“The hype about a trade war is unjustified — and, anyway, there are worse things than trade conflict. In a time of mass unemployment [in the US], made worse by China’s predatory currency policy, the possibility of a few new tariffs should be way down on the list of worries,” he wrote.
China’s response is contradictory. At one level it said its currency value has nothing to do with its trade surplus. At the same time, Chinese Premier Wen Jiabao (溫家寶) reportedly said: “We cannot imagine how many Chinese factories will go bankrupt, how many Chinese workers will lose their jobs.”
In other words, China’s undervalued currency is a hidden export subsidy for its exports.
At the official level, the US is trying to play down the danger of a looming trade war while keeping up the pressure on China for a significant appreciation of its currency.
“We’re not going to have a trade war. We’re not going to have currency wars,” US Treasury Secretary Timothy Geithner has said.
Geithner might not think so, but even the IMF is worried about it, as different countries seeking export advantages might become engaged in a bout of competitive currency devaluations.
He believes, though, that it is in China’s “own interest to allow its currency to appreciate in response to market forces.”
Will China do it significantly? It does not appear likely. So political, strategic and economic factors are converging to make for uncomfortable times ahead.
Europe is also worried about China’s undervalued currency. Beijing, though, is working to lure Europe away from a united front with the US. Both the US and Europe have trade deficits with China.
Wen was recently in Europe on a charm offensive. He maintained China’s position on its currency value, arguing that his country needed rapid growth to pull millions of its people out of poverty.
However, he promised China would help maintain the euro’s value by buying European bonds to help the eurozone countries refinance their struggling economies.
Speaking in Greece, during a one-week tour of Europe, he said: “I have made it clear that China supports a stable euro ... We will not reduce our holdings of European bonds in our foreign exchange portfolio.”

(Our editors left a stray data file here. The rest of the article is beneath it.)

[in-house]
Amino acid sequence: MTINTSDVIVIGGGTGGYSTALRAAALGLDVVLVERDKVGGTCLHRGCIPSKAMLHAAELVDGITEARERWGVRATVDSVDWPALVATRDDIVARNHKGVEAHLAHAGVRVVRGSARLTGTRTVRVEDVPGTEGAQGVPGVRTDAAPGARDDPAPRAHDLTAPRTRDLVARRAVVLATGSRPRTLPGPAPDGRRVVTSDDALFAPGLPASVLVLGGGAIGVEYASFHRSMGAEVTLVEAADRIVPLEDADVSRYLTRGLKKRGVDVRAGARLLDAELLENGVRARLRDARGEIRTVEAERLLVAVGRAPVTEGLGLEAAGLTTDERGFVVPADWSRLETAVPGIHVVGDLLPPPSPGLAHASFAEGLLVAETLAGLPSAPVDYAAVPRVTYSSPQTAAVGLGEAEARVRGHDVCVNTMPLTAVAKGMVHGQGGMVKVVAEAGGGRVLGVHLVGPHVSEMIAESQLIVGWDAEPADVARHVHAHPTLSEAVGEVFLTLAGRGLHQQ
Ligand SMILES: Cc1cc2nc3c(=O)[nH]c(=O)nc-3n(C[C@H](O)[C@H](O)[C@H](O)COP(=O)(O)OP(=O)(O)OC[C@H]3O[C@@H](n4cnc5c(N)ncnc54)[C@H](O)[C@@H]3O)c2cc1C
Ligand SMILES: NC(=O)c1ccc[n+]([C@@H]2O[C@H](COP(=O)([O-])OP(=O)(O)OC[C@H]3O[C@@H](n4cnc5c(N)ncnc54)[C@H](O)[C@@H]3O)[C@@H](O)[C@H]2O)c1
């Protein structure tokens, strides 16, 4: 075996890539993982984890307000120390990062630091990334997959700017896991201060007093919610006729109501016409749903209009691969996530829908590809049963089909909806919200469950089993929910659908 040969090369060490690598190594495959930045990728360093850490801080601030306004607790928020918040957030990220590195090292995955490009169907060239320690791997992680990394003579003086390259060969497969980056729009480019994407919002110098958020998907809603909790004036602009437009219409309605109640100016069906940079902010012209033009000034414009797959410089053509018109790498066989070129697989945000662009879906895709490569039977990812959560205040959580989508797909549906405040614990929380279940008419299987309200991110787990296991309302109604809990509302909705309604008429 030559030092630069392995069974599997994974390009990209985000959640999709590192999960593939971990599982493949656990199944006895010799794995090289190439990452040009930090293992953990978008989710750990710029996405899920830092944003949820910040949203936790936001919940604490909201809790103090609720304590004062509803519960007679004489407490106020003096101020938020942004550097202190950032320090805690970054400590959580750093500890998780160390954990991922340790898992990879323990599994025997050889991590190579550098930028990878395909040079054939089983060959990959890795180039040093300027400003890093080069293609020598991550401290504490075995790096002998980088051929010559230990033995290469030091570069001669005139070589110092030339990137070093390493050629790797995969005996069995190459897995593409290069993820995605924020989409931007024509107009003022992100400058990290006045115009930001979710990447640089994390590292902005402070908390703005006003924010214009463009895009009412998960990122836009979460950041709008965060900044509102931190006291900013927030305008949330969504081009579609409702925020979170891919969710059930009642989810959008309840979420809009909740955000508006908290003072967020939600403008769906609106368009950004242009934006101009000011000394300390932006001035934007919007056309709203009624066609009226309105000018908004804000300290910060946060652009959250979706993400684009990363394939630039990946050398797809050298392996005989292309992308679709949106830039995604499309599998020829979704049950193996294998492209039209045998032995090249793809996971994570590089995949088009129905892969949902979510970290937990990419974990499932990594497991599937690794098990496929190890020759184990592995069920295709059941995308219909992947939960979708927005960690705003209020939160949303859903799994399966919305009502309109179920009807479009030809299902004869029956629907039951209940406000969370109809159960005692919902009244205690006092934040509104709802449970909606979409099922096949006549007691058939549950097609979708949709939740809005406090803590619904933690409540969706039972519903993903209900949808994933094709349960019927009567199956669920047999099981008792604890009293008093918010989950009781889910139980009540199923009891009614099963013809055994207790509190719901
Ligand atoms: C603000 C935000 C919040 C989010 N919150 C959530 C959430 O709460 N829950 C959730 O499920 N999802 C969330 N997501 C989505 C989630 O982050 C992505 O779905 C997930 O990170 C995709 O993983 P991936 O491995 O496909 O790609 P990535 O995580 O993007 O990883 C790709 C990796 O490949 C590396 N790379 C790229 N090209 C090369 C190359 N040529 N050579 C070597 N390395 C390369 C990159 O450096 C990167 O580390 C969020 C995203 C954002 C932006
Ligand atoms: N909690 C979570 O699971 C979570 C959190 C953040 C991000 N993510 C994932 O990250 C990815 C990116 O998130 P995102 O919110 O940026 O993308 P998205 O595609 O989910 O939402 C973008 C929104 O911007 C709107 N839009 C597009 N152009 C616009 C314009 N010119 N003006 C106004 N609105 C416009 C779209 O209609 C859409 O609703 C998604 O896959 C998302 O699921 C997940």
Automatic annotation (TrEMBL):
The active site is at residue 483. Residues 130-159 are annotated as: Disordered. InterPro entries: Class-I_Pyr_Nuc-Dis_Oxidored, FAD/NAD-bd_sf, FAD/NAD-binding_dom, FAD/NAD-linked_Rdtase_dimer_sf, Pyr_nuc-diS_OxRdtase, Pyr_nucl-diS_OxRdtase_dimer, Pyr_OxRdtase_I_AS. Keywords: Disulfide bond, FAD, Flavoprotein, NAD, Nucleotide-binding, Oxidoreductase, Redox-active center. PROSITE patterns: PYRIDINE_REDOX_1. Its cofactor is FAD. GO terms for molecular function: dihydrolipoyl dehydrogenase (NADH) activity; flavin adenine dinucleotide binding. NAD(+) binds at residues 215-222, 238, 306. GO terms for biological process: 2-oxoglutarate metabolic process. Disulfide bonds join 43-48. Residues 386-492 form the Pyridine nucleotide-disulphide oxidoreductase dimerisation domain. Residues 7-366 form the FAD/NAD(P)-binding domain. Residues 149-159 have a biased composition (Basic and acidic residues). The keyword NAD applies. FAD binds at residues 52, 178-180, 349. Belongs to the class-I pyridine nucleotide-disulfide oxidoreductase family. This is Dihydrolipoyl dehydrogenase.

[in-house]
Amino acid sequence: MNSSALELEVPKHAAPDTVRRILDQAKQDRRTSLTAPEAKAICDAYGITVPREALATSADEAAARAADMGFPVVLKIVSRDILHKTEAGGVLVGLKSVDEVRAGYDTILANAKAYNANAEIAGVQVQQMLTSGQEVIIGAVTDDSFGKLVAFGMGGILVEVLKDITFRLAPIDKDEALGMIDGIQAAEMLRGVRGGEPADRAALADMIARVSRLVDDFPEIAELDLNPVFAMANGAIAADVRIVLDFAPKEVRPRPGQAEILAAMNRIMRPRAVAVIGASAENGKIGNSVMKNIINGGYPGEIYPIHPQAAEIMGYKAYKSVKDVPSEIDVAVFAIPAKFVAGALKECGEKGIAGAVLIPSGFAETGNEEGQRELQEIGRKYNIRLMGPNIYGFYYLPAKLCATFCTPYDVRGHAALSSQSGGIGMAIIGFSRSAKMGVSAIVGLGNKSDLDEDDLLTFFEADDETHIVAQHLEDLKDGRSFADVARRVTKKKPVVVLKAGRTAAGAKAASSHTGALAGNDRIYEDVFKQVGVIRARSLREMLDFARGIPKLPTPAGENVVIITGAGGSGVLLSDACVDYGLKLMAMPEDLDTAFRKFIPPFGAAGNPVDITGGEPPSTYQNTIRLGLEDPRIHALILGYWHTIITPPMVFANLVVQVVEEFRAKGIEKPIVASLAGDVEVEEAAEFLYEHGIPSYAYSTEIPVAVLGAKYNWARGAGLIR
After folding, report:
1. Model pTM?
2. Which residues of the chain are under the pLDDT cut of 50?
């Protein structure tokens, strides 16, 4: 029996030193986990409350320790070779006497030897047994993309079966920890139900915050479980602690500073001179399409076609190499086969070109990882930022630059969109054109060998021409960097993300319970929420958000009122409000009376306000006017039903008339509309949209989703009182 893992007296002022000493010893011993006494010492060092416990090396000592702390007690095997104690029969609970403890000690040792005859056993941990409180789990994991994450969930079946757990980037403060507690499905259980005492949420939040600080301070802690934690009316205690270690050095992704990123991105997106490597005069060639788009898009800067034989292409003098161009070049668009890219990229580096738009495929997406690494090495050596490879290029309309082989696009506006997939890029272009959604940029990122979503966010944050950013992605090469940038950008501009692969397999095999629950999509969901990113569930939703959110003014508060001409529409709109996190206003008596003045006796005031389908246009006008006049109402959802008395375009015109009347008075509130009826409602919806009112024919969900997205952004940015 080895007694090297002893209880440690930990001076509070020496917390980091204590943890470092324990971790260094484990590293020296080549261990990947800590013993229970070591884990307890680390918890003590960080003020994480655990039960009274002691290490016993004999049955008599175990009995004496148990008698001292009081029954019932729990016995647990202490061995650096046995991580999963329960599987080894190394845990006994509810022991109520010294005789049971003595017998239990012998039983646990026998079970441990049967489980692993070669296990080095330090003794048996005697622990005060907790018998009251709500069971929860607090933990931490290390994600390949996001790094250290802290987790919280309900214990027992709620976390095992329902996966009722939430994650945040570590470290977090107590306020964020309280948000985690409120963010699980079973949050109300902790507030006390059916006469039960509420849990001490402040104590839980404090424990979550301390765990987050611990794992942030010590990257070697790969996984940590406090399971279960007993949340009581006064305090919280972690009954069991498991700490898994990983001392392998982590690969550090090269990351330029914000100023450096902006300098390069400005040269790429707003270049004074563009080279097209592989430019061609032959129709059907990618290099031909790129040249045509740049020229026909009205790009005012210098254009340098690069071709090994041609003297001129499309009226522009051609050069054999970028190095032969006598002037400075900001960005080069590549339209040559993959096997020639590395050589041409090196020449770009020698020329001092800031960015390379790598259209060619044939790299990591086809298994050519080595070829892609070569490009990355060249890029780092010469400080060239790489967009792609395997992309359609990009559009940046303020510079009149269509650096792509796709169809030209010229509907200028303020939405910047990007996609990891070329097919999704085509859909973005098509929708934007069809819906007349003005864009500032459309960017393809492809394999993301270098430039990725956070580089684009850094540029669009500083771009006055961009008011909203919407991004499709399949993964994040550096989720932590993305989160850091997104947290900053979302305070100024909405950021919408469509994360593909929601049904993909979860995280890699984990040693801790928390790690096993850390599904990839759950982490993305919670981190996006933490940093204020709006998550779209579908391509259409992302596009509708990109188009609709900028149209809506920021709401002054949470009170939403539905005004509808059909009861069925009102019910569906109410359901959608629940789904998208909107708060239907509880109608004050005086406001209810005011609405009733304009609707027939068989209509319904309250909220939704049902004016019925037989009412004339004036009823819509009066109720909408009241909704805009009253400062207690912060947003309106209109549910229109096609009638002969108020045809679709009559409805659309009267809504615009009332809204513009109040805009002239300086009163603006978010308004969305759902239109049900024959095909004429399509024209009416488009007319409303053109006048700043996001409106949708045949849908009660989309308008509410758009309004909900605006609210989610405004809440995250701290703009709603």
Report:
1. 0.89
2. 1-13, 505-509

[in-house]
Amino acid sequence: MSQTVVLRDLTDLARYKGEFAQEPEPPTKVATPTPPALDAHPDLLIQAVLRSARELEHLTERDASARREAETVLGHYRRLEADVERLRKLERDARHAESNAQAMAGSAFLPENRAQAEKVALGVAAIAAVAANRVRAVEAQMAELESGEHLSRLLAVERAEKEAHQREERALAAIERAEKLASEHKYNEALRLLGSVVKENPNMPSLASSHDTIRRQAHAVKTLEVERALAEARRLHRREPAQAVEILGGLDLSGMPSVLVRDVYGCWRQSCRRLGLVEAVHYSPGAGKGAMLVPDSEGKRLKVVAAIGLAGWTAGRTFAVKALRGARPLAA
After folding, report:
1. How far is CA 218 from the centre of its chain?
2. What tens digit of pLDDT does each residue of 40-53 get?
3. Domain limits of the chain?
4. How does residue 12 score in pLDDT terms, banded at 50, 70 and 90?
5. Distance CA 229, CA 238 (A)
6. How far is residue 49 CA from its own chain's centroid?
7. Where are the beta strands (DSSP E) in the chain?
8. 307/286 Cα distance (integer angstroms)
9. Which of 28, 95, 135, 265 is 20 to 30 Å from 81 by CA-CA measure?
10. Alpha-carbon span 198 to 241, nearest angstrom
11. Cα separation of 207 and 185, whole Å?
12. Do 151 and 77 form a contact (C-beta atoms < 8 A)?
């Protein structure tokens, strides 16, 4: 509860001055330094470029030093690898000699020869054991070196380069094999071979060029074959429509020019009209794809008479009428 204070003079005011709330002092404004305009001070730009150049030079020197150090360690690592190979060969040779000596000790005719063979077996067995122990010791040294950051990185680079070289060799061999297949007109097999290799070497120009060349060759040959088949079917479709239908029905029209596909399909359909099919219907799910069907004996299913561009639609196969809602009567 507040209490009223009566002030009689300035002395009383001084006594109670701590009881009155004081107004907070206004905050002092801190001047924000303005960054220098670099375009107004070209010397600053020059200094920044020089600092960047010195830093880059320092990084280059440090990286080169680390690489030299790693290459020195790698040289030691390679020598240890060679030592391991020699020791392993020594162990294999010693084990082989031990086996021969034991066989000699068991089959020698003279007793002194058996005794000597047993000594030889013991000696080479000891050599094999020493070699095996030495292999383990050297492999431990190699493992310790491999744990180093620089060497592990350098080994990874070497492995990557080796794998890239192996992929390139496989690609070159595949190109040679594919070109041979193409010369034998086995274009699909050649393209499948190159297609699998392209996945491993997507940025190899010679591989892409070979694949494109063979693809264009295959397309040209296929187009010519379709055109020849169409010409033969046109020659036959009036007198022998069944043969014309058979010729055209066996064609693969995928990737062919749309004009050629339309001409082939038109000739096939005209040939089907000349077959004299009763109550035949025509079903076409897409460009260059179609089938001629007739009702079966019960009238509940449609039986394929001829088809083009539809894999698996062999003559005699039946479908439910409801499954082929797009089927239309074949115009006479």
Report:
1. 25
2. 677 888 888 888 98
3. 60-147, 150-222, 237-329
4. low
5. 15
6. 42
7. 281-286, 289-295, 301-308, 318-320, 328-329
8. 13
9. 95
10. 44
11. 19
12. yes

The choice of Athens as the starting point of his recent European tour and his remarks about supporting the euro are significant as China recently entered into a wide-ranging set of agreements for economic cooperation with Greece.
In addition to Greece, which is in considerable trouble because of its debt, the message is also meant for other similarly placed European economies like Portugal, Spain and Ireland to create closer economic links with China.
As some of the weaker economies in the eurozone are struggling to keep afloat, China’s assurances about buying euro bonds will be a welcome relief.
At the same time, it might distract them somewhat from the issue of China’s undervalued currency, where the US is much more concerned because of its huge recurring trade deficit with China. The seemingly united front between the US and Europe might, therefore, be susceptible to Chinese machinations.
At the same time, China’s increased investments in European bonds will give it even greater leverage over Europe, as it becomes beholden to China’s credit and a web of new and expanded economic linkages.
Even Europe’s largest economy, Germany, is increasingly becoming dependent on China for its exports.